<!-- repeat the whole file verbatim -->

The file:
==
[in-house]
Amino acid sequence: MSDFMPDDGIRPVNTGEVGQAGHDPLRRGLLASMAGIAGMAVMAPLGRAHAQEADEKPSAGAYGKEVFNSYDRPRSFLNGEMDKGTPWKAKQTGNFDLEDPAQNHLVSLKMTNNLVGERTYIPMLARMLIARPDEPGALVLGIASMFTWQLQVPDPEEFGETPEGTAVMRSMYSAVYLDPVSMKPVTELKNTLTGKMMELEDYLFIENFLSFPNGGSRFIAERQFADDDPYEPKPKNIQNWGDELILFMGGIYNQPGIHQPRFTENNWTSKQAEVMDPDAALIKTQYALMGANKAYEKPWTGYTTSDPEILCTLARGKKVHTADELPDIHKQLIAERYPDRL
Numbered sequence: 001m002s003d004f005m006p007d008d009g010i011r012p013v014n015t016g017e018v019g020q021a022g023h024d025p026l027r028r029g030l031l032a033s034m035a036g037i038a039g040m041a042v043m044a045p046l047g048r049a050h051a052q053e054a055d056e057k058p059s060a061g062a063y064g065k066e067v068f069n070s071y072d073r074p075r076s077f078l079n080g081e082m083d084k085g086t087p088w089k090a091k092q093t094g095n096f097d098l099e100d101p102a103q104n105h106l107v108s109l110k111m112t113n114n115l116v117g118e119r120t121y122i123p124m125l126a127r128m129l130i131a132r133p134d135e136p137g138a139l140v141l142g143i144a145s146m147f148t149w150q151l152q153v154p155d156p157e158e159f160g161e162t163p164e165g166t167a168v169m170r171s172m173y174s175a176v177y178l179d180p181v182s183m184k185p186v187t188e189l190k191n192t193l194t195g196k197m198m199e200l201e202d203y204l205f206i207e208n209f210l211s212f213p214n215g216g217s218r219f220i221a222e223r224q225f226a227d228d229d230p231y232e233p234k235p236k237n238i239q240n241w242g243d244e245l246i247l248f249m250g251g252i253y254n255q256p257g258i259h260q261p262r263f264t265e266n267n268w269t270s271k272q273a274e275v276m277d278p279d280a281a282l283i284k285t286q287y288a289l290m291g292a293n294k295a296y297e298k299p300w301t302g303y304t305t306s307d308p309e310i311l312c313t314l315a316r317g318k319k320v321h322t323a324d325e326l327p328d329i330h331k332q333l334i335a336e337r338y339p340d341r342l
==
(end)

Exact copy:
[in-house]
Amino acid sequence: MSDFMPDDGIRPVNTGEVGQAGHDPLRRGLLASMAGIAGMAVMAPLGRAHAQEADEKPSAGAYGKEVFNSYDRPRSFLNGEMDKGTPWKAKQTGNFDLEDPAQNHLVSLKMTNNLVGERTYIPMLARMLIARPDEPGALVLGIASMFTWQLQVPDPEEFGETPEGTAVMRSMYSAVYLDPVSMKPVTELKNTLTGKMMELEDYLFIENFLSFPNGGSRFIAERQFADDDPYEPKPKNIQNWGDELILFMGGIYNQPGIHQPRFTENNWTSKQAEVMDPDAALIKTQYALMGANKAYEKPWTGYTTSDPEILCTLARGKKVHTADELPDIHKQLIAERYPDRL
Numbered sequence: 001m002s003d004f005m006p007d008d009g010i011r012p013v014n015t016g017e018v019g020q021a022g023h024d025p026l027r028r029g030l031l032a033s034m035a036g037i038a039g040m041a042v043m044a045p046l047g048r049a050h051a052q053e054a055d056e057k058p059s060a061g062a063y064g065k066e067v068f069n070s071y072d073r074p075r076s077f078l079n080g081e082m083d084k085g086t087p088w089k090a091k092q093t094g095n096f097d098l099e100d101p102a103q104n105h106l107v108s109l110k111m112t113n114n115l116v117g118e119r120t121y122i123p124m125l126a127r128m129l130i131a132r133p134d135e136p137g138a139l140v141l142g143i144a145s146m147f148t149w150q151l152q153v154p155d156p157e158e159f160g161e162t163p164e165g166t167a168v169m170r171s172m173y174s175a176v177y178l179d180p181v182s183m184k185p186v187t188e189l190k191n192t193l194t195g196k197m198m199e200l201e202d203y204l205f206i207e208n209f210l211s212f213p214n215g216g217s218r219f220i221a222e223r224q225f226a227d228d229d230p231y232e233p234k235p236k237n238i239q240n241w242g243d244e245l246i247l248f249m250g251g252i253y254n255q256p257g258i259h260q261p262r263f264t265e266n267n268w269t270s271k272q273a274e275v276m277d278p279d280a281a282l283i284k285t286q287y288a289l290m291g292a293n294k295a296y297e298k299p300w301t302g303y304t305t306s307d308p309e310i311l312c313t314l315a316r317g318k319k320v321h322t323a324d325e326l327p328d329i330h331k332q333l334i335a336e337r338y339p340d341r342l